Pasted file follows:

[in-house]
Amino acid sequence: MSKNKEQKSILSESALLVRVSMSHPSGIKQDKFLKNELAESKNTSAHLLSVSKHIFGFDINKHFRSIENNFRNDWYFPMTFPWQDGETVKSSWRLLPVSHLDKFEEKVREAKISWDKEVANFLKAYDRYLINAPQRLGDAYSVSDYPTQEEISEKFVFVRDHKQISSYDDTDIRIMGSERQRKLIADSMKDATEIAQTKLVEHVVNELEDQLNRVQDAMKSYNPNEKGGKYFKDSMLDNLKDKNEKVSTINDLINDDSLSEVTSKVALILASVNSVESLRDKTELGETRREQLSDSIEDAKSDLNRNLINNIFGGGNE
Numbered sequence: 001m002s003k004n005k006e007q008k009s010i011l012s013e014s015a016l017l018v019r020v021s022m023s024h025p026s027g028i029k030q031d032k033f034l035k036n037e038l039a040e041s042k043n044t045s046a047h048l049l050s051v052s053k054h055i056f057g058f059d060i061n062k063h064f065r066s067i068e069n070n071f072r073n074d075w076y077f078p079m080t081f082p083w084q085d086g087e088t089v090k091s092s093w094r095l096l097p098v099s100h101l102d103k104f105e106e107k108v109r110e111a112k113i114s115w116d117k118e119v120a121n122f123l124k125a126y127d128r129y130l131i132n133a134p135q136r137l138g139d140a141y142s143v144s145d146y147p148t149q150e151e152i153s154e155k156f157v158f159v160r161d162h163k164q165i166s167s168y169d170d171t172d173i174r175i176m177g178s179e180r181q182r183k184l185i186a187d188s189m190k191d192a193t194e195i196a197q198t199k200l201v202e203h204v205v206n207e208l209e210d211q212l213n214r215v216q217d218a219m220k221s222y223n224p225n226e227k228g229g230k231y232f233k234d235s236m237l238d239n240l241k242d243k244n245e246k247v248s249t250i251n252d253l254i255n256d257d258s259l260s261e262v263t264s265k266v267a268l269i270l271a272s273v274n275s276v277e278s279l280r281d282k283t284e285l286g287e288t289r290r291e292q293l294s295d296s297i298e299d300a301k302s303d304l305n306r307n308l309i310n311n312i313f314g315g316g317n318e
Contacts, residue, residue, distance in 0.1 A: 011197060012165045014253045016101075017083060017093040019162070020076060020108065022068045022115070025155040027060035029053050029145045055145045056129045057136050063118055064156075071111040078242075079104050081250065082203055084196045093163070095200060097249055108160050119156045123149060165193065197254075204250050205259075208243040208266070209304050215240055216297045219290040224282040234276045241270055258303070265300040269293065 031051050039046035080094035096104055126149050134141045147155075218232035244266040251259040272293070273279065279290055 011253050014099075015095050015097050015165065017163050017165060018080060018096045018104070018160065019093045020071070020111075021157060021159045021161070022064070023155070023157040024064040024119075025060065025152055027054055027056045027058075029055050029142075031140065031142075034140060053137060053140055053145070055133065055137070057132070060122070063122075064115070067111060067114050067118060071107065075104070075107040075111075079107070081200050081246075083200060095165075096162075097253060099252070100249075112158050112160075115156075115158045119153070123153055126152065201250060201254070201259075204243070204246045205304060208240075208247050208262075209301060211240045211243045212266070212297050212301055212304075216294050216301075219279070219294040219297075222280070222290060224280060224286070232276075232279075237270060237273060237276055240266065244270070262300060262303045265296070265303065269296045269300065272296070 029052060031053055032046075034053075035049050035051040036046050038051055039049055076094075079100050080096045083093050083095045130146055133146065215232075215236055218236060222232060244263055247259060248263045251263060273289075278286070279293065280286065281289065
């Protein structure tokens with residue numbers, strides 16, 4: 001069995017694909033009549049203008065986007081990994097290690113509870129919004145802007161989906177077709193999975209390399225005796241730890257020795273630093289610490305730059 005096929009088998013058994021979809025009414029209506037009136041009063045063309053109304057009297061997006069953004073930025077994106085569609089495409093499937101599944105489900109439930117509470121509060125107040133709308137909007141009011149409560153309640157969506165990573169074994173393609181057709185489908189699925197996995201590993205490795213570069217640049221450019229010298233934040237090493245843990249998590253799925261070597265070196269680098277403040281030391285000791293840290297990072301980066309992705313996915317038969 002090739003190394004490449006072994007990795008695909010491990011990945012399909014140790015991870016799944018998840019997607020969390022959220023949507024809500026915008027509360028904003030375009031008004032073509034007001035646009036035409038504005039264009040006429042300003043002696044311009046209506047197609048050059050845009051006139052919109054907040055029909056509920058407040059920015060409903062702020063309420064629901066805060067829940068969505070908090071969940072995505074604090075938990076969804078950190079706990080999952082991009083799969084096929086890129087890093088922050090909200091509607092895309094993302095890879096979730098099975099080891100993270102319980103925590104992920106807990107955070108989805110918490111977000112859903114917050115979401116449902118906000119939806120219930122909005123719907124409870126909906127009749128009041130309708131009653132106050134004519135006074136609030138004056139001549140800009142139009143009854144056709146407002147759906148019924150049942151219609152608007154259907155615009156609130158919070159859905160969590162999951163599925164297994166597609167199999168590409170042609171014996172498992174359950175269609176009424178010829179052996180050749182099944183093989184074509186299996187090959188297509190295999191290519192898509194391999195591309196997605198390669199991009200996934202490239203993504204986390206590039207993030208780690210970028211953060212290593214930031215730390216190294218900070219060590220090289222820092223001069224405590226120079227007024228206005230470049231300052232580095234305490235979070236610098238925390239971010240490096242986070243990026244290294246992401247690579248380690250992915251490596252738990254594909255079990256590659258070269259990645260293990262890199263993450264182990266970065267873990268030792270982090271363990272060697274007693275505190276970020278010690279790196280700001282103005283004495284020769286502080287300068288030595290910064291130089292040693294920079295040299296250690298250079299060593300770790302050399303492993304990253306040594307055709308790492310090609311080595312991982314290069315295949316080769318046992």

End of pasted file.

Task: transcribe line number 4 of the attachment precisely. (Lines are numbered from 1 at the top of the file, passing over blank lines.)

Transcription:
Contacts, residue, residue, distance in 0.1 A: 011197060012165045014253045016101075017083060017093040019162070020076060020108065022068045022115070025155040027060035029053050029145045055145045056129045057136050063118055064156075071111040078242075079104050081250065082203055084196045093163070095200060097249055108160050119156045123149060165193065197254075204250050205259075208243040208266070209304050215240055216297045219290040224282040234276045241270055258303070265300040269293065 031051050039046035080094035096104055126149050134141045147155075218232035244266040251259040272293070273279065279290055 011253050014099075015095050015097050015165065017163050017165060018080060018096045018104070018160065019093045020071070020111075021157060021159045021161070022064070023155070023157040024064040024119075025060065025152055027054055027056045027058075029055050029142075031140065031142075034140060053137060053140055053145070055133065055137070057132070060122070063122075064115070067111060067114050067118060071107065075104070075107040075111075079107070081200050081246075083200060095165075096162075097253060099252070100249075112158050112160075115156075115158045119153070123153055126152065201250060201254070201259075204243070204246045205304060208240075208247050208262075209301060211240045211243045212266070212297050212301055212304075216294050216301075219279070219294040219297075222280070222290060224280060224286070232276075232279075237270060237273060237276055240266065244270070262300060262303045265296070265303065269296045269300065272296070 029052060031053055032046075034053075035049050035051040036046050038051055039049055076094075079100050080096045083093050083095045130146055133146065215232075215236055218236060222232060244263055247259060248263045251263060273289075278286070279293065280286065281289065